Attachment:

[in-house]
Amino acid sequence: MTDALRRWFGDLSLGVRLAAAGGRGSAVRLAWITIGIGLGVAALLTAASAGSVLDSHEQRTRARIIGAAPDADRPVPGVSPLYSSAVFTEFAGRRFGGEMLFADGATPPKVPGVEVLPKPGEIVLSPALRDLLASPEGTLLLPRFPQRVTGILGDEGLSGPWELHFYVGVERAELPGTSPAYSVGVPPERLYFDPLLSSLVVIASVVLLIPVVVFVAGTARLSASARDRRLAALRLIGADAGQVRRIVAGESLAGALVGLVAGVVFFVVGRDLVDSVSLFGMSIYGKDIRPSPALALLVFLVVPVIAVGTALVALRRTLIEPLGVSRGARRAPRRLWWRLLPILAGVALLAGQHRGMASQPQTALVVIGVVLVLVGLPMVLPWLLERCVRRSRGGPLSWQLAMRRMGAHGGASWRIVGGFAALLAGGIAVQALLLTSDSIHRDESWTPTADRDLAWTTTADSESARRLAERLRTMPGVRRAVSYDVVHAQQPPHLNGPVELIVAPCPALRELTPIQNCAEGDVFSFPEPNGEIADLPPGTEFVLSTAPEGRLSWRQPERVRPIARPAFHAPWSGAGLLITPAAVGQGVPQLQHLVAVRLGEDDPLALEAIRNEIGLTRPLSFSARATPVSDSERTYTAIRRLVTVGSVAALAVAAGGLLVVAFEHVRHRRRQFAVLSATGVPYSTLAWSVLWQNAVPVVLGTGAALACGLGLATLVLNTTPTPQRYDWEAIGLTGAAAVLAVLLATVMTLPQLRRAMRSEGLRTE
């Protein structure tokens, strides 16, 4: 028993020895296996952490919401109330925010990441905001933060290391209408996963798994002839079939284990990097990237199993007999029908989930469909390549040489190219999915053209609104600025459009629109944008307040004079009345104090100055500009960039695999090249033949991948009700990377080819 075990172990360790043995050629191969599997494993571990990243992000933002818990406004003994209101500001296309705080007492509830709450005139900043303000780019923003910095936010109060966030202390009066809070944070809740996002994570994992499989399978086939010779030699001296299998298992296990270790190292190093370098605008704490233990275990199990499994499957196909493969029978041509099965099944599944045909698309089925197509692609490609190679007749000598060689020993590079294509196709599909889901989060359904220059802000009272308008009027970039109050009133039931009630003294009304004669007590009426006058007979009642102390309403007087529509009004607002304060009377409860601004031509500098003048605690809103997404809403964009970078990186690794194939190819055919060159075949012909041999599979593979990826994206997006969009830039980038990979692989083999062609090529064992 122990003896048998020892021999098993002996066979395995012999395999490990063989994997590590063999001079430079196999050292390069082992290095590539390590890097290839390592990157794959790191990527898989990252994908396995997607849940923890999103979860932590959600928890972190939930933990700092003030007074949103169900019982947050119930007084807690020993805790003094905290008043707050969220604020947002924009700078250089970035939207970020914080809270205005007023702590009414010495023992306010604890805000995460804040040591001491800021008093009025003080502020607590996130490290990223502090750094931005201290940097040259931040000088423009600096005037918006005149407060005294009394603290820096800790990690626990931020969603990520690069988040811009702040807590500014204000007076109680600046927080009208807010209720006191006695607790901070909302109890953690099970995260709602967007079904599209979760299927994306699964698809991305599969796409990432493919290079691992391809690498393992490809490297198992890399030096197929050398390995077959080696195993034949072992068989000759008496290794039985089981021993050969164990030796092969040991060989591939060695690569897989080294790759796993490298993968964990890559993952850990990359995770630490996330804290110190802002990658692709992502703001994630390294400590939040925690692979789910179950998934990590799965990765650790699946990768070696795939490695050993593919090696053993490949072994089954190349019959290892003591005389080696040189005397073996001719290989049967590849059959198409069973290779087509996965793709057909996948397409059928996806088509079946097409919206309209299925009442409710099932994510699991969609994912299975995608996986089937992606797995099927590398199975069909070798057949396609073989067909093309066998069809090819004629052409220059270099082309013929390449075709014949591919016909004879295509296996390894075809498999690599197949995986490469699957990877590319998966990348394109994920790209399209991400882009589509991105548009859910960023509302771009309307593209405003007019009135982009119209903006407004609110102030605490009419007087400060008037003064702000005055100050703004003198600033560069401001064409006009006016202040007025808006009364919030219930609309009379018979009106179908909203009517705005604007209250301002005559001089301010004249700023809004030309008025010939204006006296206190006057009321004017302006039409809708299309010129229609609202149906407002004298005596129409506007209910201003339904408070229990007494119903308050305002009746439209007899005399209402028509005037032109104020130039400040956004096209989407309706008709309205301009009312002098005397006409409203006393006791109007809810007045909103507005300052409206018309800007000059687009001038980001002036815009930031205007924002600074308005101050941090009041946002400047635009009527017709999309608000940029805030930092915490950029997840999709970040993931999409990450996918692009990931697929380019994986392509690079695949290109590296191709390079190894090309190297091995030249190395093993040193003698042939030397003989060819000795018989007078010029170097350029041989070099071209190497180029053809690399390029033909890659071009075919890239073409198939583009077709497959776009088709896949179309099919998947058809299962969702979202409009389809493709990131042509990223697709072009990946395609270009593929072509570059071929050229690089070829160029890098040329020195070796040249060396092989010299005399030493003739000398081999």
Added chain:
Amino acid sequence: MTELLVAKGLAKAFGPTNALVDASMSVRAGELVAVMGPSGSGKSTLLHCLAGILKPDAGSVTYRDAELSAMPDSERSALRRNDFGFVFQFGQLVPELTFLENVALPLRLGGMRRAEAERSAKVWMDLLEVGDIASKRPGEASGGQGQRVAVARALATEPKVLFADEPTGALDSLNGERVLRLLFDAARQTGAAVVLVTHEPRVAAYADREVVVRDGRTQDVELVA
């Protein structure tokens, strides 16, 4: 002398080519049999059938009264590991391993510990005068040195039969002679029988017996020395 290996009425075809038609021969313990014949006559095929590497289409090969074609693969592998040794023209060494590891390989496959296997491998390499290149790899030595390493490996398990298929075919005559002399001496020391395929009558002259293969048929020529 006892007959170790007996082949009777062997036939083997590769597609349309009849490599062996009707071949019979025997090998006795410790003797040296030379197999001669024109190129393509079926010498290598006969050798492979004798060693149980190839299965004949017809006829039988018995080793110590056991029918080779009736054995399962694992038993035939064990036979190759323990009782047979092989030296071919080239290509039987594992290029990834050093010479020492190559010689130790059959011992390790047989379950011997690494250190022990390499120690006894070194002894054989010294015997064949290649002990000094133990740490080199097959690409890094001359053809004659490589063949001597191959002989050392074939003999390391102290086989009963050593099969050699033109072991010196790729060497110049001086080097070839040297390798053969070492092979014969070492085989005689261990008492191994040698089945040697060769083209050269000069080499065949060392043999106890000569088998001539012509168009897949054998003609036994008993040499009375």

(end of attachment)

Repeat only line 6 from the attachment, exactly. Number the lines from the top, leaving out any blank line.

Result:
């Protein structure tokens, strides 16, 4: 002398080519049999059938009264590991391993510990005068040195039969002679029988017996020395 290996009425075809038609021969313990014949006559095929590497289409090969074609693969592998040794023209060494590891390989496959296997491998390499290149790899030595390493490996398990298929075919005559002399001496020391395929009558002259293969048929020529 006892007959170790007996082949009777062997036939083997590769597609349309009849490599062996009707071949019979025997090998006795410790003797040296030379197999001669024109190129393509079926010498290598006969050798492979004798060693149980190839299965004949017809006829039988018995080793110590056991029918080779009736054995399962694992038993035939064990036979190759323990009782047979092989030296071919080239290509039987594992290029990834050093010479020492190559010689130790059959011992390790047989379950011997690494250190022990390499120690006894070194002894054989010294015997064949290649002990000094133990740490080199097959690409890094001359053809004659490589063949001597191959002989050392074939003999390391102290086989009963050593099969050699033109072991010196790729060497110049001086080097070839040297390798053969070492092979014969070492085989005689261990008492191994040698089945040697060769083209050269000069080499065949060392043999106890000569088998001539012509168009897949054998003609036994008993040499009375």